April is Stress Awareness Month. What Does That Mean to Dancers?

Guest blogger, Dr Ben Caref.  Caref was a former ballet dancer with the National Ballet of Canada and the National Ballet. He taught ballet and choreographed with the American Dance Center in Orland Park, IL, and Joel Hall Dancers. Dr Caref is now Managing Partner and Chief Medical Officer, Medtelligence. Trained in cardiac physiology and bio-engineering, Ben focused his earlier scientific work on identifying, understanding mechanisms, and the treatment of cardiac arrhythmias.

Dancers use their bodies to artfully express ideas and feelings. Stressful situations are everywhere in normal daily life. Family and friends can cause stress, reports in the news, in schools, and in the dance studio. Dancers can feel stressed trying to master steps while rehearsing for a program, or when the steps or flow just don’t come together. Taken together, it can be difficult on the body and mind.

Stressful situations cause strain and pressure and can take an emotion toil on all humans. Stress is everywhere, and while small amounts may be beneficial, it’s essential to know how to control stress so that over time, without any release, stress doesn’t undermine your true potential.

The body has mechanisms to deal with stress. The endocrine system reacts to stress by producing cortisol from the adrenal glands. It’s part of the flight-or-fight adaptation we possess. It helps us deal with acute situations, and can be a positive feature, like getting “psyched-up” before a performance. So, some stress can be a good thing. But if a stressful situation becomes chronic, too much cortisol in the bloodstream can lead to a variety of poor outcomes such as: interfering with learning and memory, lowering immune function and bone density, causing bodyweight to rise (and make difficult to lose), high blood pressure and cholesterol which over time can contribute to heart disease. It seems far away now but over time it can lead to depression and other mental illnesses too. Clearly, too much stress is not a good thing.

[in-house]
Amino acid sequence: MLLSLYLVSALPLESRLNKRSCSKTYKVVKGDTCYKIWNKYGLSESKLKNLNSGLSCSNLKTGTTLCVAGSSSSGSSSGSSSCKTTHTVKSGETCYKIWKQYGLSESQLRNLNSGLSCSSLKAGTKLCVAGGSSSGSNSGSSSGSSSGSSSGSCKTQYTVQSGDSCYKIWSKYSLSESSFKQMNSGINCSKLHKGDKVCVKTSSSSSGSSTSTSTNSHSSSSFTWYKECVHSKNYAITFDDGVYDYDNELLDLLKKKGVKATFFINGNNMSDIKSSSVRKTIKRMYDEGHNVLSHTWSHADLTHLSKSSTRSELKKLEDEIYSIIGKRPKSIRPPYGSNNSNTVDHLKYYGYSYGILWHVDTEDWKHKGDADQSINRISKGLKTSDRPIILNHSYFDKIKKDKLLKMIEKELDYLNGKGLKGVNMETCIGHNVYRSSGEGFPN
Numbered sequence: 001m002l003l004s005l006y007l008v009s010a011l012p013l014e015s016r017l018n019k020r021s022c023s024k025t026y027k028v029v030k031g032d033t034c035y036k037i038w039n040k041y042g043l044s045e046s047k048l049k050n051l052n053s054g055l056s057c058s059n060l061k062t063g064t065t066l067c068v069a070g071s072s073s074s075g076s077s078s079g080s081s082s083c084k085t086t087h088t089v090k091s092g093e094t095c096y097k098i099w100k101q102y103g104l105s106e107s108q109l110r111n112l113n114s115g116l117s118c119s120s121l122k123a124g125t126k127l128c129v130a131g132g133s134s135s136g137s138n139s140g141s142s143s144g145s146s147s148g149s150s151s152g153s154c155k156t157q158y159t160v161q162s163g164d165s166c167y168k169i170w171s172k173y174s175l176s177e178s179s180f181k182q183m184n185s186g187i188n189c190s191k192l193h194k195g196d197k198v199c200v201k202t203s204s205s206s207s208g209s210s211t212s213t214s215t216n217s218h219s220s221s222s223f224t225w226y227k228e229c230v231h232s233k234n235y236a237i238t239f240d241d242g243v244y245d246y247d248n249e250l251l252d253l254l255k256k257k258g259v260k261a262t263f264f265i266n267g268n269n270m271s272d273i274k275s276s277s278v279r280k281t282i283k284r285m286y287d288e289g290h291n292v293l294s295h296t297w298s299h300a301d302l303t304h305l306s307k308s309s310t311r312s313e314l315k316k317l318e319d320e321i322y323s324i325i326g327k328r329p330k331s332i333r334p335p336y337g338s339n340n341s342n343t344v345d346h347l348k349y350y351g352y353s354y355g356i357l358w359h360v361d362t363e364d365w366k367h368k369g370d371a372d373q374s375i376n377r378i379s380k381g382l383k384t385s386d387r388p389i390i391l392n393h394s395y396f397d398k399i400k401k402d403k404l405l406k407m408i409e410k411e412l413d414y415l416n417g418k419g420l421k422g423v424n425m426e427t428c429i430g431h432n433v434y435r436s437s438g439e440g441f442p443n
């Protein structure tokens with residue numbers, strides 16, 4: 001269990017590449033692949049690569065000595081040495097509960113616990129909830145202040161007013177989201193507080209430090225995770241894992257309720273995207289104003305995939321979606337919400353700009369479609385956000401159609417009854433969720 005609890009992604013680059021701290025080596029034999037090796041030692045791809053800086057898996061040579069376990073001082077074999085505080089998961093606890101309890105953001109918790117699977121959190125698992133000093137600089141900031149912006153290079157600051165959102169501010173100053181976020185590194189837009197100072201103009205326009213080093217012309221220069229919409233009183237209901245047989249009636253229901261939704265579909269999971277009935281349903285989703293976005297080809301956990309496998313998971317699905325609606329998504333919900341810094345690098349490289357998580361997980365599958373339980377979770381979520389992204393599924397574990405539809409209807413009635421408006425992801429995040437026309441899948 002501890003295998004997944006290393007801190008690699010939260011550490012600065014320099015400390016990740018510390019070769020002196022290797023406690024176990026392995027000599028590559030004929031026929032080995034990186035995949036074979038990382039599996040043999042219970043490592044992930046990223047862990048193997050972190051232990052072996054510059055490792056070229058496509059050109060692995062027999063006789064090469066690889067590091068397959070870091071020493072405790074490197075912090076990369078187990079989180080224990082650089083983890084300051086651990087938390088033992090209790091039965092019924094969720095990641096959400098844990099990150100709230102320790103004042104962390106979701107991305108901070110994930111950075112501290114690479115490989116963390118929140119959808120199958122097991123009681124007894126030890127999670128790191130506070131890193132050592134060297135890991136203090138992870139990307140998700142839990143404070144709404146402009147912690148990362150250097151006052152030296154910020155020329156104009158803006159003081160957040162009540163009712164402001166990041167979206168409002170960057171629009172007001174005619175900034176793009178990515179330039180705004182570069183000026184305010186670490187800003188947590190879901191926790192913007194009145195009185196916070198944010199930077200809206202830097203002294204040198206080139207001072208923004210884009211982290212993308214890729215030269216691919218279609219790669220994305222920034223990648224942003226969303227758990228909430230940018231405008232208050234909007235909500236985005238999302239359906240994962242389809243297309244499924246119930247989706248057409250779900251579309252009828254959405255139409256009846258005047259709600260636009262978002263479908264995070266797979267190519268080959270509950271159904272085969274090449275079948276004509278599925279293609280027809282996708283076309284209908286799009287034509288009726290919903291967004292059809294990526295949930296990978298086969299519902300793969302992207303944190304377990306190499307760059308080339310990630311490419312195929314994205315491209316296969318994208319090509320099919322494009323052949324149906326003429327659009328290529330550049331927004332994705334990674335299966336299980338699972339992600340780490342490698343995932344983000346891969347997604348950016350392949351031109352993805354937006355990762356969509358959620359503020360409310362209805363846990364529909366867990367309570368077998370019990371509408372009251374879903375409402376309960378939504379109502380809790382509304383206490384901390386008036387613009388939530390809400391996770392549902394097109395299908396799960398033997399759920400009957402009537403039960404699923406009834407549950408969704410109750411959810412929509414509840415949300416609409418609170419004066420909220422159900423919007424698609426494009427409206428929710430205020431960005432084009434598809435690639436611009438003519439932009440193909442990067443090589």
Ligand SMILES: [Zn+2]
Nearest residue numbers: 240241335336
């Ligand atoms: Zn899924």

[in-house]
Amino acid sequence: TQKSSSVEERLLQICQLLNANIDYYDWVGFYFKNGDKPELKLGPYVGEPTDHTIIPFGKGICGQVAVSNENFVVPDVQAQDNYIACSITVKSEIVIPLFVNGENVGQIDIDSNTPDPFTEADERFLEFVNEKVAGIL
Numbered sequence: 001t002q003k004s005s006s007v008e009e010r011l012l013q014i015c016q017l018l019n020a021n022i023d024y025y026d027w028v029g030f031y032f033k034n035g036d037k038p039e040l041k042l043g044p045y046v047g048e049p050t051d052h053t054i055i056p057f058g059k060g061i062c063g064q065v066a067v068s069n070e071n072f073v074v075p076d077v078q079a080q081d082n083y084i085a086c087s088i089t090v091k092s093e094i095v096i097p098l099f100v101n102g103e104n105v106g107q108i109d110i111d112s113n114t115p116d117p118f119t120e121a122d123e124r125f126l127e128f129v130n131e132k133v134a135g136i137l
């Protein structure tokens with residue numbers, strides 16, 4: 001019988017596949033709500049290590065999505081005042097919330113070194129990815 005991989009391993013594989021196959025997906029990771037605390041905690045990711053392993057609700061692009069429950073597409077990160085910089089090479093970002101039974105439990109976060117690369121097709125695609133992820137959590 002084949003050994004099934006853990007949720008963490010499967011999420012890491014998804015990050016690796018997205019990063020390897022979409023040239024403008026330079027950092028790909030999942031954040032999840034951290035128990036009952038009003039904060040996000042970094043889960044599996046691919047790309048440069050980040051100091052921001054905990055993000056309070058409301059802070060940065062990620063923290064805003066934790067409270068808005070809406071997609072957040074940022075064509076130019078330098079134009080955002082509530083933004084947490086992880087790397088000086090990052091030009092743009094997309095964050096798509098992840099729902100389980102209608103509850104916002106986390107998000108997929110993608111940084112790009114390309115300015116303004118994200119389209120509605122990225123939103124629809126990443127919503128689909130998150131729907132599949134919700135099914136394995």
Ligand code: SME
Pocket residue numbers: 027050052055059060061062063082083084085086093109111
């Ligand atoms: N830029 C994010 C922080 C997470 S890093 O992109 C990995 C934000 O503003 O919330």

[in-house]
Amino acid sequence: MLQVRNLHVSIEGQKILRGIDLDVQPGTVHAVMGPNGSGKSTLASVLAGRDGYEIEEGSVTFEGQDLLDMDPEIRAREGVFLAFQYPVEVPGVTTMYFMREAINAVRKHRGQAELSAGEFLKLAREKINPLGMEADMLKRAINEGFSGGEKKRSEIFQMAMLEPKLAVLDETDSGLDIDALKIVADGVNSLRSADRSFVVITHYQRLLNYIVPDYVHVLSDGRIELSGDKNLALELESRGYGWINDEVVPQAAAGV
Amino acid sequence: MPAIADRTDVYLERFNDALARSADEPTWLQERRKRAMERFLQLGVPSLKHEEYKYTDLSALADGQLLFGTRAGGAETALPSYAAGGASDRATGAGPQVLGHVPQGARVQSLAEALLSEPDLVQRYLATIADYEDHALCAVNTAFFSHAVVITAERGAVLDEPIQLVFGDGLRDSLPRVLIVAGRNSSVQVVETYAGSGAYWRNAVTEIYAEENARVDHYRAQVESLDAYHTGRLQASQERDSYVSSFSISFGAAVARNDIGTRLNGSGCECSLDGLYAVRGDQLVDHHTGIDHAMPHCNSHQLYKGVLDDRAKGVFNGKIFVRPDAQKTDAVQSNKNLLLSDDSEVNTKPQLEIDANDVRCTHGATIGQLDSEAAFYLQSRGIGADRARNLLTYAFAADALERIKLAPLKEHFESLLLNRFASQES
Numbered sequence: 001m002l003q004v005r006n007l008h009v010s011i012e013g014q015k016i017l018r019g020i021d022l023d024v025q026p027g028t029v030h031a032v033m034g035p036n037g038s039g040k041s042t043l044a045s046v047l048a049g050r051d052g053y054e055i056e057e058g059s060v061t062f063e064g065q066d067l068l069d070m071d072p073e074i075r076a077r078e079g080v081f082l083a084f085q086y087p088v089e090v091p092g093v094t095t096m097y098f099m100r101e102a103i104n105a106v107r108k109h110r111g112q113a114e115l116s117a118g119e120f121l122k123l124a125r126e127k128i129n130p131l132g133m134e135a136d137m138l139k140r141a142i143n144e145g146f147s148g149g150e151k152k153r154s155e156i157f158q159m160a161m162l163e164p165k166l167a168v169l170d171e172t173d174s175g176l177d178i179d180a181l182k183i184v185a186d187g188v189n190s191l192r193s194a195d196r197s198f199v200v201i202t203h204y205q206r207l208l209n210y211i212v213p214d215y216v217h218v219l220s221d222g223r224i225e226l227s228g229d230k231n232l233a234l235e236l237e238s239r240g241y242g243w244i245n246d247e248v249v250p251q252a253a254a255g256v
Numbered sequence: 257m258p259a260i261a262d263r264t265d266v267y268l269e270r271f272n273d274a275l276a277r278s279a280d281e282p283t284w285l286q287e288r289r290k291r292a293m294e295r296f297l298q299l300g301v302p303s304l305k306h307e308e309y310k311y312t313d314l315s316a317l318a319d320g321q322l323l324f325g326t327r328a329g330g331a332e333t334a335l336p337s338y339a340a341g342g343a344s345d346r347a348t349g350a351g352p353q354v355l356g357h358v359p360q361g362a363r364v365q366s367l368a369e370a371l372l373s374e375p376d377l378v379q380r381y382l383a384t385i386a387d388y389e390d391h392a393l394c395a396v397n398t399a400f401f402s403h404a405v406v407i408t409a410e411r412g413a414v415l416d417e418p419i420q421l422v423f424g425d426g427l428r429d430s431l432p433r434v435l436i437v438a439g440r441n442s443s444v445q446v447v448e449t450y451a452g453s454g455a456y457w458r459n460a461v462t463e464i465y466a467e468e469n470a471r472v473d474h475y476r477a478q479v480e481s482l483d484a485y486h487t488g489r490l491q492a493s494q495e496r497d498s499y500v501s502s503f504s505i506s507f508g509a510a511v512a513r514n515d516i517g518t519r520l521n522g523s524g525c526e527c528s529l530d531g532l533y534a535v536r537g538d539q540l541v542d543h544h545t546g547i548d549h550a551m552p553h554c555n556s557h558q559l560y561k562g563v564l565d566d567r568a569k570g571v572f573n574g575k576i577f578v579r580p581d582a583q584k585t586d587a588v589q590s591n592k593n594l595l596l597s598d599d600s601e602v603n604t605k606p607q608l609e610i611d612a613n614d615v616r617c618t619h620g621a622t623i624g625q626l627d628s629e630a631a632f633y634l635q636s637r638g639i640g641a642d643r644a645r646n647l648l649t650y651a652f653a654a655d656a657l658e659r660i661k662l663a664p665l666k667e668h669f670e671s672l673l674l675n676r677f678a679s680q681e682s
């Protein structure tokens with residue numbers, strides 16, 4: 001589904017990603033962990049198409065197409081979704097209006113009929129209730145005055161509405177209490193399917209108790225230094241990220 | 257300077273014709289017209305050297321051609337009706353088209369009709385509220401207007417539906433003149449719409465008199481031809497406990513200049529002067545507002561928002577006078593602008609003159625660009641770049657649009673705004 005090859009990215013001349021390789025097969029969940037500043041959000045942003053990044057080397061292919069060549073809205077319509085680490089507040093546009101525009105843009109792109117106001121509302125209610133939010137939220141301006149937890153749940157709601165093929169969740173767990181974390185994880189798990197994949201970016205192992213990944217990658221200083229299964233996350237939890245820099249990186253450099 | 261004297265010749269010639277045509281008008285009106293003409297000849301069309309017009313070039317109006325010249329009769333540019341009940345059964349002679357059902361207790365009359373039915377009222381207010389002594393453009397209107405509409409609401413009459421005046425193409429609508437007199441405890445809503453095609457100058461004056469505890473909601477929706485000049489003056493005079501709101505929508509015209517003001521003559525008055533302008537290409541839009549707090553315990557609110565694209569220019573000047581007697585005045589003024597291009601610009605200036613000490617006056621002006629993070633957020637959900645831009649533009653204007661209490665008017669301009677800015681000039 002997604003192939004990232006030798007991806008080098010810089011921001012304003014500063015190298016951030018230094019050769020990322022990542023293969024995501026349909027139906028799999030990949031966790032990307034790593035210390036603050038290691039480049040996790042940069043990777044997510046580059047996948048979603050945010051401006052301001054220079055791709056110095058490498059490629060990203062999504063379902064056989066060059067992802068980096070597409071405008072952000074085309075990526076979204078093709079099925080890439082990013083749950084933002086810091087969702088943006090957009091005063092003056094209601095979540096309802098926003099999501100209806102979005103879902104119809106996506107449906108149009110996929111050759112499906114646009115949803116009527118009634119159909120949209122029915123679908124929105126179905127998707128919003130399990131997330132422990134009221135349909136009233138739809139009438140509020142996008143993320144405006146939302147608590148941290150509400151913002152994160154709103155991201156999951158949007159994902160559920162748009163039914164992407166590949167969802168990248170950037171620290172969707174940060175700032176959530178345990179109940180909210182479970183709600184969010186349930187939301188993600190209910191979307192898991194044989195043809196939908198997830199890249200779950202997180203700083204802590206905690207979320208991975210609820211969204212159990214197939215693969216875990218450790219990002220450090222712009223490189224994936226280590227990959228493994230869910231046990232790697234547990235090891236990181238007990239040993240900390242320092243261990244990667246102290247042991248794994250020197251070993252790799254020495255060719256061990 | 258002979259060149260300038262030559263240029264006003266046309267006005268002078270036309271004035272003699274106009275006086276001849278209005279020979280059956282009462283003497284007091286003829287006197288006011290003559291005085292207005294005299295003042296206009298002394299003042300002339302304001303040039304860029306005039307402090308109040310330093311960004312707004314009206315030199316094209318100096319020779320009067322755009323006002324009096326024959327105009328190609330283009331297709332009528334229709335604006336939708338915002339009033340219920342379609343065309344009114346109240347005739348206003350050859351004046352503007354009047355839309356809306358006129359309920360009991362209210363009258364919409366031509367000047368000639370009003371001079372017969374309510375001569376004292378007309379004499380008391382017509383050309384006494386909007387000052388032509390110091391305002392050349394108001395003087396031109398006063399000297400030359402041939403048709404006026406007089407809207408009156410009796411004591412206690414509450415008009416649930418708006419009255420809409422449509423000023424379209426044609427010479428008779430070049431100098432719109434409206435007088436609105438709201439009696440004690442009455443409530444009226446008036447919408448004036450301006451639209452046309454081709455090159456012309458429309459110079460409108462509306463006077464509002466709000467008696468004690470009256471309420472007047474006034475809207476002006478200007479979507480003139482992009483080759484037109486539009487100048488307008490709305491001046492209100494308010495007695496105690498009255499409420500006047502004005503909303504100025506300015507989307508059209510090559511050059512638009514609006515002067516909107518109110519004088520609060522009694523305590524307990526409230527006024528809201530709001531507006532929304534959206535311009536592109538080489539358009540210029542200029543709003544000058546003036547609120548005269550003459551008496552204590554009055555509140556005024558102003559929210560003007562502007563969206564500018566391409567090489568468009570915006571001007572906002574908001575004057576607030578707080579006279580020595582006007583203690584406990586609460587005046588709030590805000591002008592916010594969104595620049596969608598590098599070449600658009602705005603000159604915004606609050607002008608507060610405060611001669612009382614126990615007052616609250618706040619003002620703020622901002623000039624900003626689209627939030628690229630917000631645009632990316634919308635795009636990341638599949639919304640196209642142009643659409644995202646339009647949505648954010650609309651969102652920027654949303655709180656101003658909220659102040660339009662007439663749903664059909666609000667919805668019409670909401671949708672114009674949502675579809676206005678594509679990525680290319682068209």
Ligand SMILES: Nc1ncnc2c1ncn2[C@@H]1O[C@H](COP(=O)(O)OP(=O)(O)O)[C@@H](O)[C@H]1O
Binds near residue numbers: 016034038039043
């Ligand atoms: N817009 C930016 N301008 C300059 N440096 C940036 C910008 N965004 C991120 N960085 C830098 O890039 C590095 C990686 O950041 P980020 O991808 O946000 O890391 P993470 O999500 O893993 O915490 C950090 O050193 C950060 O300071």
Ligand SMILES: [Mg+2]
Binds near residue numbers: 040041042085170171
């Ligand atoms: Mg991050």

Fortunately, there are many ways to deal with, and turn stress into working for you - instead of against you. First, you must recognize that you’re experiencing stress. Half the battle is in identifying the trigger to stress that is causing emotional (and perhaps physical too) discomfort.

Ways to respond to stress:

  • Regular exercise – Partake in fitness (other than dance) at least 3–4 times a week. Activities should include both aerobic (jumps across the floor) and strength exercise (adagio). Beware though, ballet classes alone will not give you the aerobic exercise that’s needed to maintain a healthy heart and decrease chronic stress.
  • Support systems – Find a core group of supporters and advisers. Listen to your friends or classmates when they are stressed. Let trusted teachers, counselors, or parents have a perspective on what you’re feeling. Talk! Don’t keep feeling bottled up. 
  • Time management – Develop an organizational system. After a plan is made, organization is everything!
  • Calm the mind via guided imagery and visualization – Listen to your favorite music, go to an art exhibition, take the time to try something new.
  • Progressive muscle relaxation – Loosen tense muscle groups with massage, therapeutic touch, or props like rollers or balls.
  • Assertiveness training – Work on honest communication (get out of your shell – don’t be afraid)
  • Self-reflection – Express true emotions by taking time for self-reflection.
  • Minimize stress at school, the studio, or at home, and the paralyzing fear it can stir up in your life.
  • Assess what’s working for you and what’s causing stress. Prioritize tasks and organize a new system.

Breathe. Be grateful for the things you have in your life. Do whatever it takes to lower your chronic stress levels, and you will enjoy a more fuller life and be a better dancer too!


Patricia Potter (2014. Canadian Fundamentals of Nursing (5 ed.). Toronto: Elsevier. pp. 472–488.